EA's first golf outing since 2015's awkward pivot to Rory McIlroy as the cover athlete following the Tiger Woods era, the blandly named "EA Sports PGA Tour" is a full-scale reset.
Without legacy tendencies to draw on, the reinvigorated franchise feels fresh and vital in a way that few EA Sports's annual-releases ever do. Bolstered with new shot mechanics, exhaustive course data and lifelike physics, sights and sounds, the game feels like a fresh news set of clubs and access to a newly built course.
The game is also technically sound in a way no golf game has ever had the opportunity to approach. Developer EA Tiburon integrates ShotLink data -- used widely to analyze player performance and statistics on the PGA Tour -- and the integration helps rounds play out with the tendencies of real-life pros.
As is usually the case with EA Sports titles, the licenses are ample. While Woods is nowhere to be found -- just as he commonly isn't on the leaderboards -- the likes of more relevant players such as Scottie Scheffler, Tony Finau, Patrick Cantlay, Jordan Spieth and Xander Schauffele. A selection of LPGA golfers are also included, echoing the gender equity trend in EA Sports's recent FIFA releases.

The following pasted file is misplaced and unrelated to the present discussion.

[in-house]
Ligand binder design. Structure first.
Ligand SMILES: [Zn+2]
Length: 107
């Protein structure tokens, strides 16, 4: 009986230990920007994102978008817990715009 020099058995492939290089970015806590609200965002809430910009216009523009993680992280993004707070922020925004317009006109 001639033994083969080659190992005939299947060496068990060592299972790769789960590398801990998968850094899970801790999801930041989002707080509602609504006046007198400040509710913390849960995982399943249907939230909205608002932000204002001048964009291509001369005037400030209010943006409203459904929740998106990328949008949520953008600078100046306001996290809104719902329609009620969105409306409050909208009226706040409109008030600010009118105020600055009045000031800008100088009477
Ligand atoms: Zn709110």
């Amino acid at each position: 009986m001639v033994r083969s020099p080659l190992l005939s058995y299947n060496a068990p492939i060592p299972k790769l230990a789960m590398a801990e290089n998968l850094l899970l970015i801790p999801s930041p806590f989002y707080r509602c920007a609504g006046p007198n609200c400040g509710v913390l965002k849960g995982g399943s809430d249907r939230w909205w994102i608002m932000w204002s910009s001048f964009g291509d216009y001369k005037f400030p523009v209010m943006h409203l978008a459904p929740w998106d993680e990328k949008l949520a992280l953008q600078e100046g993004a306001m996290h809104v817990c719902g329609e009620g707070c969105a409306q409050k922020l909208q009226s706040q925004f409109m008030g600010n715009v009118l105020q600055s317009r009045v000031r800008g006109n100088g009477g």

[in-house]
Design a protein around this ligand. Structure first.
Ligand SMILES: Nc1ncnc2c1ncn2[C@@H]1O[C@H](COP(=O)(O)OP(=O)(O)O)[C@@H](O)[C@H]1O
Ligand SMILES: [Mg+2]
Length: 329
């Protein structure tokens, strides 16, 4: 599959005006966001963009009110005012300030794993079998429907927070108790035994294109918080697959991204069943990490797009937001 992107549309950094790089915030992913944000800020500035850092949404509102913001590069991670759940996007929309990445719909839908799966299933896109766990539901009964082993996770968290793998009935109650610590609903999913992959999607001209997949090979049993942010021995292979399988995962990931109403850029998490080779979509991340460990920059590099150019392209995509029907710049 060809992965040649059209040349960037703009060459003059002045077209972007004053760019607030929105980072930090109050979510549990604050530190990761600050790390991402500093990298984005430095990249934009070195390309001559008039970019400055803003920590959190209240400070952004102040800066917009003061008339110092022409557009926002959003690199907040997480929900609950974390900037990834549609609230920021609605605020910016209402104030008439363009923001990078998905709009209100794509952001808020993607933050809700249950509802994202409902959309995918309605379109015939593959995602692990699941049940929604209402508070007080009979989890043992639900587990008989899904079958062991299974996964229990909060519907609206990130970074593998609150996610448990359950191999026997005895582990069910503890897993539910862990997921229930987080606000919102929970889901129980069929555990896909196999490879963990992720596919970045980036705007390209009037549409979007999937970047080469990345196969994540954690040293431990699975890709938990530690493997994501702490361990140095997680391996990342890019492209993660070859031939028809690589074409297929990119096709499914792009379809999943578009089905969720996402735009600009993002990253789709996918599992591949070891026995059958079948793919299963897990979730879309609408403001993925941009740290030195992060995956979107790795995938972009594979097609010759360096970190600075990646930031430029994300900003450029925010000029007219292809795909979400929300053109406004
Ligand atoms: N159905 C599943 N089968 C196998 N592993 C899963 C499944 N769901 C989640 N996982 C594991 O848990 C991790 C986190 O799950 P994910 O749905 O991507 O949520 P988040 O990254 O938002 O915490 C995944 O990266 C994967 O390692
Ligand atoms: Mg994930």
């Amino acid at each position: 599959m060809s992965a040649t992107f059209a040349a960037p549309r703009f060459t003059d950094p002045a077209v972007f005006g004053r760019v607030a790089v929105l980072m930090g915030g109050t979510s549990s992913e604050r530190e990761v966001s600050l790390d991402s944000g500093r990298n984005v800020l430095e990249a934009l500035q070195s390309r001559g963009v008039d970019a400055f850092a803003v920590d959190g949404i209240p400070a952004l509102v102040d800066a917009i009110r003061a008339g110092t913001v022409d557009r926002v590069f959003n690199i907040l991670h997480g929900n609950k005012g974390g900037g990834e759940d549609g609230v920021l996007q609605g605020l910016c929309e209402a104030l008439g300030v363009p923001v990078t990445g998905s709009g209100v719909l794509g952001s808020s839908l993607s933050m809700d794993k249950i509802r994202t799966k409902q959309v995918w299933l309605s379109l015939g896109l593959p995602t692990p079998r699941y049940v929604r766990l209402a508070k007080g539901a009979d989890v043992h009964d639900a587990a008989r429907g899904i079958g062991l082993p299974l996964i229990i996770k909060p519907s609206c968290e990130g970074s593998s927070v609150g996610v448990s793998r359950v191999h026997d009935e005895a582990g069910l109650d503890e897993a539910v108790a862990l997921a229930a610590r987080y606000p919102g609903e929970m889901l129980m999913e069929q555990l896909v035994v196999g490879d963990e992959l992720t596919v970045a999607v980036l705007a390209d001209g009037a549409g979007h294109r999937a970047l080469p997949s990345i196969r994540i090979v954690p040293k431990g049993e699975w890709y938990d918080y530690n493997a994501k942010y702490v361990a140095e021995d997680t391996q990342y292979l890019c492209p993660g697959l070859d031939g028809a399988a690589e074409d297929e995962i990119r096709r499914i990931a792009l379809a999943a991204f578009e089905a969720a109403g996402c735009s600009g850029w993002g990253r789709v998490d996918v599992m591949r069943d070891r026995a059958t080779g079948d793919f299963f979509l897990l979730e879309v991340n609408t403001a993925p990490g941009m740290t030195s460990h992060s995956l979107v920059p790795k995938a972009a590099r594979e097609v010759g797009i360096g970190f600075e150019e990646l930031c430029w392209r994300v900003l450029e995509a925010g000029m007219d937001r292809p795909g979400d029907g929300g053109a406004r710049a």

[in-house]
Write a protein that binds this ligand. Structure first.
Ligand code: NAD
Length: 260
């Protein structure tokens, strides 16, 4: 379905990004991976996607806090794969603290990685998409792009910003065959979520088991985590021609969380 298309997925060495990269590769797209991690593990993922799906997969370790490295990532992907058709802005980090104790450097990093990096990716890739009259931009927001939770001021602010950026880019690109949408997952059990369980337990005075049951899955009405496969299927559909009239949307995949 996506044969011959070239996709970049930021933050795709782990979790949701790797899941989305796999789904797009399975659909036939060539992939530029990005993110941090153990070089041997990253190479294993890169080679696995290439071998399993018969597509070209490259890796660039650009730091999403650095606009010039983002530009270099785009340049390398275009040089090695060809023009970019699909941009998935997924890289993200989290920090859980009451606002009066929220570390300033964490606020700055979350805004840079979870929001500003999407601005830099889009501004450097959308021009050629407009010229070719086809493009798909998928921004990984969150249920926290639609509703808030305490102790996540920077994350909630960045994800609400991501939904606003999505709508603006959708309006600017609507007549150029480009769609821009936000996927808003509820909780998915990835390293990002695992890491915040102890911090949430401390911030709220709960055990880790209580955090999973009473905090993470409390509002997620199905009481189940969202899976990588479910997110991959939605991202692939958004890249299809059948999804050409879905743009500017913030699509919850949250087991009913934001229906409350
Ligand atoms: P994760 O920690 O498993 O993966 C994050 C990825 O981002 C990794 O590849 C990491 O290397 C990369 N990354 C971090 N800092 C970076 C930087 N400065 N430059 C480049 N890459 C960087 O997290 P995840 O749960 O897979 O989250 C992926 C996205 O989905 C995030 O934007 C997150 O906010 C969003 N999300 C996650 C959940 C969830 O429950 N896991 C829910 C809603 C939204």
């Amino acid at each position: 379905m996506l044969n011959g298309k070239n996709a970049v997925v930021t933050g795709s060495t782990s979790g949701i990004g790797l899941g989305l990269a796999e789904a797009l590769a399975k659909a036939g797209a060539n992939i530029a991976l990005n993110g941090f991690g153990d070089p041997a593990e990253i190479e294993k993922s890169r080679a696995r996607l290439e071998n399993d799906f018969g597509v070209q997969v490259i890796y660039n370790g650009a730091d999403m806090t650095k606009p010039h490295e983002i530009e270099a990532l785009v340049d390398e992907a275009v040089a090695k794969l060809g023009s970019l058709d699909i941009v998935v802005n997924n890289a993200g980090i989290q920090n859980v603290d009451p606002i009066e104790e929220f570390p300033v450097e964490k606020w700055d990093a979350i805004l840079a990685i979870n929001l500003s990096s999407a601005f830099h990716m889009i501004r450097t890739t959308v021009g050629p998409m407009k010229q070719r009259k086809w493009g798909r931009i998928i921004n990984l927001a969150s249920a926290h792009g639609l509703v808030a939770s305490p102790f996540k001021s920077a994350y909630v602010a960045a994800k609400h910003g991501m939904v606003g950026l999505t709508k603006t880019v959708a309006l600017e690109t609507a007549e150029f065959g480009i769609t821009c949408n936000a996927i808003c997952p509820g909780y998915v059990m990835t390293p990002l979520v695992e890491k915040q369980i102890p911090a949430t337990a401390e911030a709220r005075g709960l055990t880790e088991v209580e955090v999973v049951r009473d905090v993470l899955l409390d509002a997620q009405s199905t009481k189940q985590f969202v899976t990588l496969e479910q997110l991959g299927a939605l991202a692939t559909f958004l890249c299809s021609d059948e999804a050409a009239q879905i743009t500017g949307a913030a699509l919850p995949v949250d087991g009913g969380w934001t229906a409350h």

Even if create-a-player is your preferred lane, you can live out the dream of player in the Masters at Augusta National, one of 30 top-flight courses including Pebble Beach and St Andrews.
The shooting mechanic, dubbed Pure Strike, offers more than 20 shot types, allowing you to tinker and adjust your shot selection as you line up and adjust your strategy.
Thoroughly satisfying and crammed with PGA fan service, the rebirth of EA's golf franchise deserves a raucous. Waste Management-style cheer rather than a golf clap.
Publisher provided review code.